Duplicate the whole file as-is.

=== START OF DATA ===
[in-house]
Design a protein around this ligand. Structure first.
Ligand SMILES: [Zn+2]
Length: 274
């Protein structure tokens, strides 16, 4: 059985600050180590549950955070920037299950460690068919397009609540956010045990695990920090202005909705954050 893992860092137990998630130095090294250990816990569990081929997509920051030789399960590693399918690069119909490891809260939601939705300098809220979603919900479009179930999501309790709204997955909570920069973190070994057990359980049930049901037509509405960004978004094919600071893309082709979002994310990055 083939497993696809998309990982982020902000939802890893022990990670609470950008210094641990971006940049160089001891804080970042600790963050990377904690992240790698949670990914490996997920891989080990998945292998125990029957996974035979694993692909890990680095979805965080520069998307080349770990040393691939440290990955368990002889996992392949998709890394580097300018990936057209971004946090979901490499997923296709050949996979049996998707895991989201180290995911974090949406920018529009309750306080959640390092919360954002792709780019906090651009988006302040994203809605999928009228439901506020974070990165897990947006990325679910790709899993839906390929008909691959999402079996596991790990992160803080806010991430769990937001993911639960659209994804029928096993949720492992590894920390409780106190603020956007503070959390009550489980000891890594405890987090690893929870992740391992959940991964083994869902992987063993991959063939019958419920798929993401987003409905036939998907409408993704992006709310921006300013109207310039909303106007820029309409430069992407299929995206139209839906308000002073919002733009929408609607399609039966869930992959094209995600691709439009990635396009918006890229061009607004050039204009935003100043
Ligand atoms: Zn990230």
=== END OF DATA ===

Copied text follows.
[in-house]
Design a protein around this ligand. Structure first.
Ligand SMILES: [Zn+2]
Length: 274
């Protein structure tokens, strides 16, 4: 059985600050180590549950955070920037299950460690068919397009609540956010045990695990920090202005909705954050 893992860092137990998630130095090294250990816990569990081929997509920051030789399960590693399918690069119909490891809260939601939705300098809220979603919900479009179930999501309790709204997955909570920069973190070994057990359980049930049901037509509405960004978004094919600071893309082709979002994310990055 083939497993696809998309990982982020902000939802890893022990990670609470950008210094641990971006940049160089001891804080970042600790963050990377904690992240790698949670990914490996997920891989080990998945292998125990029957996974035979694993692909890990680095979805965080520069998307080349770990040393691939440290990955368990002889996992392949998709890394580097300018990936057209971004946090979901490499997923296709050949996979049996998707895991989201180290995911974090949406920018529009309750306080959640390092919360954002792709780019906090651009988006302040994203809605999928009228439901506020974070990165897990947006990325679910790709899993839906390929008909691959999402079996596991790990992160803080806010991430769990937001993911639960659209994804029928096993949720492992590894920390409780106190603020956007503070959390009550489980000891890594405890987090690893929870992740391992959940991964083994869902992987063993991959063939019958419920798929993401987003409905036939998907409408993704992006709310921006300013109207310039909303106007820029309409430069992407299929995206139209839906308000002073919002733009929408609607399609039966869930992959094209995600691709439009990635396009918006890229061009607004050039204009935003100043
Ligand atoms: Zn990230």